A black engineering doctoral student at Northwestern University is suing the City of Evanston and several Evanston police officers for use of excessive force, malicious prosecution, battery and conspiracy.
In October 2015, Lawrence Crosby was tucking some dislodged window molding in place before entering his car and departing for the nearby Northwestern campus. A woman called Evanston police saying that she thought Crosby was breaking into a car, but also said that she felt guilty because she might be racially profiling him. When Crosby drove off, she followed him in her own vehicle until Evanston police caught up with them and pulled Crosby over.
Crosby reported that he had seen the woman, and wondered if she suspected him of breaking into the car based upon racial bias. So when police pulled him over, Crosby exited the vehicle with his hands in the air, and tried to tell police that it was his car and that he had documentation. The police shouted at him all at once to get on the ground, and quickly tackled and arrested him. Since the car did belong to Crosby and he had no other violations, they couldn't charge him for an automobile-related crime, but they charged him with disobeying police officers and resisting arrest.
If you watch the video, and have a modicum of ability to put yourself in another person's shoes, you could understand that Crosby could have easily been confused and frightened by the police screaming at him, giving him no time to comprehend their orders to get on the ground. It's also clear that he was surrendering to police, and I believe what we see in the video is a man confused by an instantaneous and overwhelming escalation by the police.
Giving the police every bit of possible room for a favorable interpretation of events, charging Crosby with resisting arrest and disobeying orders is ludicrous. I know how the police operate. They were covering their asses, making a criminal out of a non-criminal because they roughed up an innocent man based upon a mistake. Mistakes happen, but they didn't have to charge him with crimes.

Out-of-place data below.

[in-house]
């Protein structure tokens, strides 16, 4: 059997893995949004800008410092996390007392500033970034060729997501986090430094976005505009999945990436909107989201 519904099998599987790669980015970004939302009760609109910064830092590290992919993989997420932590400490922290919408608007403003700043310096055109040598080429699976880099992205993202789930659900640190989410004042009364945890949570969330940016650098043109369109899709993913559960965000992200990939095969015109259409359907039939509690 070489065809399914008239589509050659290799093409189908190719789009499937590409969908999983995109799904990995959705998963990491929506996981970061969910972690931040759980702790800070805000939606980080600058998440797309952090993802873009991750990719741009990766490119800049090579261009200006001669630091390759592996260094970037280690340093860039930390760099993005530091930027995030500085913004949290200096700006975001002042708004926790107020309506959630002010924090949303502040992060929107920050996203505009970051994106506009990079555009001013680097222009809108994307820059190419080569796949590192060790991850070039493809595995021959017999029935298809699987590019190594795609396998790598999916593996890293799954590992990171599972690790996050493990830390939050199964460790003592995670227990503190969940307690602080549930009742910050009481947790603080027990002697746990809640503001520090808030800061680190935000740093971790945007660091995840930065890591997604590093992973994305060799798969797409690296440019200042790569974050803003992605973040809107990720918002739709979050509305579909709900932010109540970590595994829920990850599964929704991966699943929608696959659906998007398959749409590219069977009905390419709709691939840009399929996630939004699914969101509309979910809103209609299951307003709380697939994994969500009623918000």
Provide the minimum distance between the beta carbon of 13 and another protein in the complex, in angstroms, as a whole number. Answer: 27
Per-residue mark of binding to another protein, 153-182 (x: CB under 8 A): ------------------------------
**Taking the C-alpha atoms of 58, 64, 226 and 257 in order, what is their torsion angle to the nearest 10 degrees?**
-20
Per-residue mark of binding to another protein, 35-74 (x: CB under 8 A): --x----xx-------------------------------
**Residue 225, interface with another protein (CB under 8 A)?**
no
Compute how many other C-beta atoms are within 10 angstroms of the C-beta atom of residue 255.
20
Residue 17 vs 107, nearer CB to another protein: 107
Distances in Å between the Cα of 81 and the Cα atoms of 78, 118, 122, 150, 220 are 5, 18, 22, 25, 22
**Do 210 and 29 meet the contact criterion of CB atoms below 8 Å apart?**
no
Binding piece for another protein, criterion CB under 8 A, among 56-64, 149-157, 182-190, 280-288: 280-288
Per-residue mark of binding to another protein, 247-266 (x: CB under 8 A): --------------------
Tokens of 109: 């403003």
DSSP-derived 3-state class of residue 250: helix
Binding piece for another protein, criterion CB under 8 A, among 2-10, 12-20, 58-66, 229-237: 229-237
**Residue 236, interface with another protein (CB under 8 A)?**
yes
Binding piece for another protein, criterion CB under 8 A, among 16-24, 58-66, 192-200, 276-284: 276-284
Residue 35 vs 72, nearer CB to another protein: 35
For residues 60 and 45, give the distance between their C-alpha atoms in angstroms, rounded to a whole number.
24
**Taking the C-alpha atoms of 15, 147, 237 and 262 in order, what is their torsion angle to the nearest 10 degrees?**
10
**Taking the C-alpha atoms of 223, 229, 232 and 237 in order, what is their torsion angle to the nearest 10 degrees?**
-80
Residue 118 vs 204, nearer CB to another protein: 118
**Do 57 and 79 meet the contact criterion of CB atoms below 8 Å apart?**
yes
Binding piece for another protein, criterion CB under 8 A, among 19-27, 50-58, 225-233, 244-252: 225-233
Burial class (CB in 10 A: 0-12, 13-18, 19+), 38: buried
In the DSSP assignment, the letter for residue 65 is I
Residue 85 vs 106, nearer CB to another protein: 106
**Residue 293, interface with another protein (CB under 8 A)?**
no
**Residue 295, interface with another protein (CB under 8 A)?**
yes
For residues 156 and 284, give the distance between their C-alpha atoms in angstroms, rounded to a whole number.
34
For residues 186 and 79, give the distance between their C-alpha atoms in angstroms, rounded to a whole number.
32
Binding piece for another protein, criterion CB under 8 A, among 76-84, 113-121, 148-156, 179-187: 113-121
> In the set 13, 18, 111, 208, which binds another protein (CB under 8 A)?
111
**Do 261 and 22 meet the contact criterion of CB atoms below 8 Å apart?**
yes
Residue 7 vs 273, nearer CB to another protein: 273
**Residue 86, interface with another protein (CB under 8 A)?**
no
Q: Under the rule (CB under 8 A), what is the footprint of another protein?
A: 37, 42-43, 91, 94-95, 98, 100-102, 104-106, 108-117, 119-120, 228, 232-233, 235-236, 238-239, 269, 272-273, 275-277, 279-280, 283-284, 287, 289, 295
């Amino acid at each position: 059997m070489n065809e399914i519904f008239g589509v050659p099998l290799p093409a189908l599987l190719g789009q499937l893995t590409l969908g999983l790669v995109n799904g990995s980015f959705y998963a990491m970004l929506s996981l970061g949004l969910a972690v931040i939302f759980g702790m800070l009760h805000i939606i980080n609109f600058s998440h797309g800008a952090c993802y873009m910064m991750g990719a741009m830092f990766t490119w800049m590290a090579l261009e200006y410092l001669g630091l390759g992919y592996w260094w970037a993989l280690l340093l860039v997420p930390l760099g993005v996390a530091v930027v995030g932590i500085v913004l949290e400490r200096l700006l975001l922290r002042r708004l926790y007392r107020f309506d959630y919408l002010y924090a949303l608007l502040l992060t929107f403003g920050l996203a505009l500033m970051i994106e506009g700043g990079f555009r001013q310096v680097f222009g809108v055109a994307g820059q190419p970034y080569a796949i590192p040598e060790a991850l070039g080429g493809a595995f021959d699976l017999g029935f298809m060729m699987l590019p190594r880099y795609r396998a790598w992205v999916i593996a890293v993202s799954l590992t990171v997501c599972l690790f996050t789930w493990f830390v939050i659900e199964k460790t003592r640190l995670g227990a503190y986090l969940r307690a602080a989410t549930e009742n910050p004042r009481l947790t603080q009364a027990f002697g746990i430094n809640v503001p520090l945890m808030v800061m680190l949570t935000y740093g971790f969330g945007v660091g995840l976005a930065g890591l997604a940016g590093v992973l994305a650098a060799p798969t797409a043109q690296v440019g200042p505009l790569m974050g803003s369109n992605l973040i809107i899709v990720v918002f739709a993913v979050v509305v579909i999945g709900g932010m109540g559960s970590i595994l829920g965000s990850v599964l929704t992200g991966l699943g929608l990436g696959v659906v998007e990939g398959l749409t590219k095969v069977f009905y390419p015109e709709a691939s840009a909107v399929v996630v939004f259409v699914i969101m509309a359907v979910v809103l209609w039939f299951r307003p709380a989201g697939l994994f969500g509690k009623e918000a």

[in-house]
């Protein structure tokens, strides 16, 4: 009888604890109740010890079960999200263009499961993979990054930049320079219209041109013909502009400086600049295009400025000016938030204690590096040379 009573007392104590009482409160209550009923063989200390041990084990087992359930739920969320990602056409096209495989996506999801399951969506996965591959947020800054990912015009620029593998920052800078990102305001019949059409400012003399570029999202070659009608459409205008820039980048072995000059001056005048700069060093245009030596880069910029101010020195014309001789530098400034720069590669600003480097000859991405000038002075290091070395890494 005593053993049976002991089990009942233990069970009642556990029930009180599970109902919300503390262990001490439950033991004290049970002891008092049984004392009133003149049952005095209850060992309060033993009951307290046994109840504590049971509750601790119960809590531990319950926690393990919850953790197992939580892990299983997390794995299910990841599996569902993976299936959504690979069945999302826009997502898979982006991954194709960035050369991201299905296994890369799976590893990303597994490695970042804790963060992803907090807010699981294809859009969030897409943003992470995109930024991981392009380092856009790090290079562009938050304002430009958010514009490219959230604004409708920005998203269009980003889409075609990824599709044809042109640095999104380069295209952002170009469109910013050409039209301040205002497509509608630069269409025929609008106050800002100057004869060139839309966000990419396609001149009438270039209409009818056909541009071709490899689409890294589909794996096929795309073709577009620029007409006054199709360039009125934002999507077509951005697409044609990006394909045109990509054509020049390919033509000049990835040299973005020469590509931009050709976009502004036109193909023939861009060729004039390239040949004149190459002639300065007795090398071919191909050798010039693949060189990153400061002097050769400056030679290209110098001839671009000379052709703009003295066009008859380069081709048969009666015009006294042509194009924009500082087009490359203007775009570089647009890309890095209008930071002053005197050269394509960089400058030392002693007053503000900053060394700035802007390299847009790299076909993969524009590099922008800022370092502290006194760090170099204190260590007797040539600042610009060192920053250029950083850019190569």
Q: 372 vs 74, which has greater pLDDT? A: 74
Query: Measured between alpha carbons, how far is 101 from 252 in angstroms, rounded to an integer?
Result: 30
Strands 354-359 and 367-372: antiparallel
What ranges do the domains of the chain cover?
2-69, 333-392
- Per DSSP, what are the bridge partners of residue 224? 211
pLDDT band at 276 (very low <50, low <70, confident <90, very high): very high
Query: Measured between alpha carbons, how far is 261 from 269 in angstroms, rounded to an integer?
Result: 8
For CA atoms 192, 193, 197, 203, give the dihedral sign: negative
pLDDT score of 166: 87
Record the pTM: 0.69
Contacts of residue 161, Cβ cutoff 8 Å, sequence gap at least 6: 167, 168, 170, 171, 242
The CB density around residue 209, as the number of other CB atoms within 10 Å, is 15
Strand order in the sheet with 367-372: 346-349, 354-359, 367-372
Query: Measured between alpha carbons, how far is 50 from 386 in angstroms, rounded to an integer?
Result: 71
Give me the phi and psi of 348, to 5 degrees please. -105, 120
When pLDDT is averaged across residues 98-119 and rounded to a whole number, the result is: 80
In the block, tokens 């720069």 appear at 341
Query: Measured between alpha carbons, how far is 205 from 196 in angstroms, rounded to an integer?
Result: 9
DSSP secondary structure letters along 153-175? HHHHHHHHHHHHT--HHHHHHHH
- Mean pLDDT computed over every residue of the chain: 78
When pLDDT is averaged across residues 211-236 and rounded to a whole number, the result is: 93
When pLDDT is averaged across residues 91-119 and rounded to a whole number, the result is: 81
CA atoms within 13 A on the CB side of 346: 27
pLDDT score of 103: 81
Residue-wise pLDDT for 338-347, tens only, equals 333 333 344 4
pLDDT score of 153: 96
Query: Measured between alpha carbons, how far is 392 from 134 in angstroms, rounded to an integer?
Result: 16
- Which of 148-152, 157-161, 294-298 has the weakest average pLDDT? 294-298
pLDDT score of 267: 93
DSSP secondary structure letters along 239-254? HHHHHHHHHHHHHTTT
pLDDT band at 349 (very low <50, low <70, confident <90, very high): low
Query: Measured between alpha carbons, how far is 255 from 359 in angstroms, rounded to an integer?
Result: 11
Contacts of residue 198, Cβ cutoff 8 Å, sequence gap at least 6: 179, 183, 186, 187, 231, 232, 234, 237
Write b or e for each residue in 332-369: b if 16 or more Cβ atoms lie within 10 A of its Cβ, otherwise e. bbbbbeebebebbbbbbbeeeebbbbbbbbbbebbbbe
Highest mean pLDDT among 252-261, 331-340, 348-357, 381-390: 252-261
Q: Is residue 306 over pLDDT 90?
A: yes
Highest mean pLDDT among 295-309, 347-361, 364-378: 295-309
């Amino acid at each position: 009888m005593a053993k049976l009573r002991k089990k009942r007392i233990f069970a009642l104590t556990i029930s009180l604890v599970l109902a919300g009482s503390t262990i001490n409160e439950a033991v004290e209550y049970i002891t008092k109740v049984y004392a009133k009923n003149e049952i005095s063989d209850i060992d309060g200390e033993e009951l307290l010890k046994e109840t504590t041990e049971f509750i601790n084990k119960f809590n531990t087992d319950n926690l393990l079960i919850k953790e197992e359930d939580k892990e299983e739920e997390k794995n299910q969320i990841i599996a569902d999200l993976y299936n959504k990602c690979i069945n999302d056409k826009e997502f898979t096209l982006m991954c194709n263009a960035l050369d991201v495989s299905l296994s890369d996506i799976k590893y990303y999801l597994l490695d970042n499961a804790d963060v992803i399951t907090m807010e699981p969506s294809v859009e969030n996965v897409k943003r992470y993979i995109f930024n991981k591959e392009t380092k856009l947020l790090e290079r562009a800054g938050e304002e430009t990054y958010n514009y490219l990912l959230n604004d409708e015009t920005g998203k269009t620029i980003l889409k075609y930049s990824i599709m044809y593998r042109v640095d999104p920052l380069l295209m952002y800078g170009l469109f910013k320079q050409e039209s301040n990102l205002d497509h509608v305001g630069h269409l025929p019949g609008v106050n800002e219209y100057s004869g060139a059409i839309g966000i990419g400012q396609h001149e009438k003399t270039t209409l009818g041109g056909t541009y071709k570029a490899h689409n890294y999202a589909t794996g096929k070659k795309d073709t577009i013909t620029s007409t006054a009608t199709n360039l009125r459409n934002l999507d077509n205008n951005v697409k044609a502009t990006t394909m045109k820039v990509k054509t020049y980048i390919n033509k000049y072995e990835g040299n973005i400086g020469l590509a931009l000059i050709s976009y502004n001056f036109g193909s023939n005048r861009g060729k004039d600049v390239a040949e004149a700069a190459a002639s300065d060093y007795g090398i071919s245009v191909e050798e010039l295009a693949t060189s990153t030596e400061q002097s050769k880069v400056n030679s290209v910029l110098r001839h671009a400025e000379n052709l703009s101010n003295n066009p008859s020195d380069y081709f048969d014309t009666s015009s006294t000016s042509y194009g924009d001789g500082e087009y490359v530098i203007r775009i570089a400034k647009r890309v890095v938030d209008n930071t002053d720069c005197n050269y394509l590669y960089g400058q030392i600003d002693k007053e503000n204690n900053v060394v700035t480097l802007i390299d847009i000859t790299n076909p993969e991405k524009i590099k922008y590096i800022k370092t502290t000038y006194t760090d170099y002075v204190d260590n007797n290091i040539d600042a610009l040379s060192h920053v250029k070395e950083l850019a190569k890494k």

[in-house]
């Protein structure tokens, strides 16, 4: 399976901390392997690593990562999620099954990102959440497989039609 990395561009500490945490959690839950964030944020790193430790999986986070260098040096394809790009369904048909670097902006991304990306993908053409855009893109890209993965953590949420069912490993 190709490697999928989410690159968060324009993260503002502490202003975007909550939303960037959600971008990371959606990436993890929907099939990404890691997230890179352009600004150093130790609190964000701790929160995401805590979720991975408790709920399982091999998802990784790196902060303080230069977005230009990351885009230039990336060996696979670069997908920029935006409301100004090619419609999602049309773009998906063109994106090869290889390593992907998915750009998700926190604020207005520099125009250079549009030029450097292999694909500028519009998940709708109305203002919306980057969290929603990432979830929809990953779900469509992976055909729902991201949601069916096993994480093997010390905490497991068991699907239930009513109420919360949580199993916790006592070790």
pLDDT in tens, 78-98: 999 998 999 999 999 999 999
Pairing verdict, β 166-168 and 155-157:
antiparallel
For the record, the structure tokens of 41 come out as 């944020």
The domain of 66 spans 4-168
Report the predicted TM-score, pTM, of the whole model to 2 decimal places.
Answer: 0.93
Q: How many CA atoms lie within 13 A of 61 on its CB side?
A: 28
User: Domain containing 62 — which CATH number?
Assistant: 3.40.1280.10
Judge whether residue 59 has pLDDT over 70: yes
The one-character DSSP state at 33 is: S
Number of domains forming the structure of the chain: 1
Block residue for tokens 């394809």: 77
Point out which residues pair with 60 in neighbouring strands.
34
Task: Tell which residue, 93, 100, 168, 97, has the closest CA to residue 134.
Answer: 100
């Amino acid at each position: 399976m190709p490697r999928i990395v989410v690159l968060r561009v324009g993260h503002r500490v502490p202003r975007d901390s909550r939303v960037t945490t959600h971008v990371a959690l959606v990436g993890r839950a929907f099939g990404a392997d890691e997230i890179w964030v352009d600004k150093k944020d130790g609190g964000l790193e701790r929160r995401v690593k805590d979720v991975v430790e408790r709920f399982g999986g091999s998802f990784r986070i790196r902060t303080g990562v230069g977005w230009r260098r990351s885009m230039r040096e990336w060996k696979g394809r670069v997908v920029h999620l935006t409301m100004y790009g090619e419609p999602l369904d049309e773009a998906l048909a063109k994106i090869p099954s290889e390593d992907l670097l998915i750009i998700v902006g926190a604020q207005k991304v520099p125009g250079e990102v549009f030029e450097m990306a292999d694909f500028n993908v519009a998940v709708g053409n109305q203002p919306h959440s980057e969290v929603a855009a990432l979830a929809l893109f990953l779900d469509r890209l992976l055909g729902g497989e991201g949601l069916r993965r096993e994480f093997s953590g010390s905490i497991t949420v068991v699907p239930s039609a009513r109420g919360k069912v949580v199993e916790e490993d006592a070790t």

Fortunately, Crosby was acquitted of all charges at his criminal trial.
Here's the video of the incident, released this week.
When I was in college at Northwestern, a friend and I went to his father's local business late one evening to pick up some things his dad needed. Evidently, someone saw us enter the rear door of the business after hours and called the police.
When we stepped out the back door to leave, a half dozen or so police officers jumped out from behind dumpsters and, with guns drawn, ordered us to raise our hands, which we did immediately. They didn't all scream at once, they didn't rush us and tackle us, but they demanded to know what we were doing there. My friend explained, and they questioned us with our hands raised overhead. With guns still pointed, they demanded our ID's. Fortunately, my friend's name was the same as his father's, and the business bore his father's name. There was no shouting and no screaming to get on the ground. We weren't rushed and tackled. The police officers questioned us, listened and let us leave, not quite apologizing, but explaining that they were just doing their jobs to protect my friend's father's business. We were fine with that.
I'd probably feel quite differently about what happened, had the police all screamed at once, rushed and tackled us, and arrested us for resisting arrest. One additional difference between our incident and the one with Mr. Crosby is that we're white and he's black, and the white boys in that area were often assumed to be the children of well-heeled parents, possibly with clout. And back when our incident occurred, Mr. Crosby, as a younger black man, would likely have been seriously beaten before even being give a chance to prove that the vehicle was his. If you think racial bias plays no part in differences in how these incidents unfolded, I have a bridge for sale.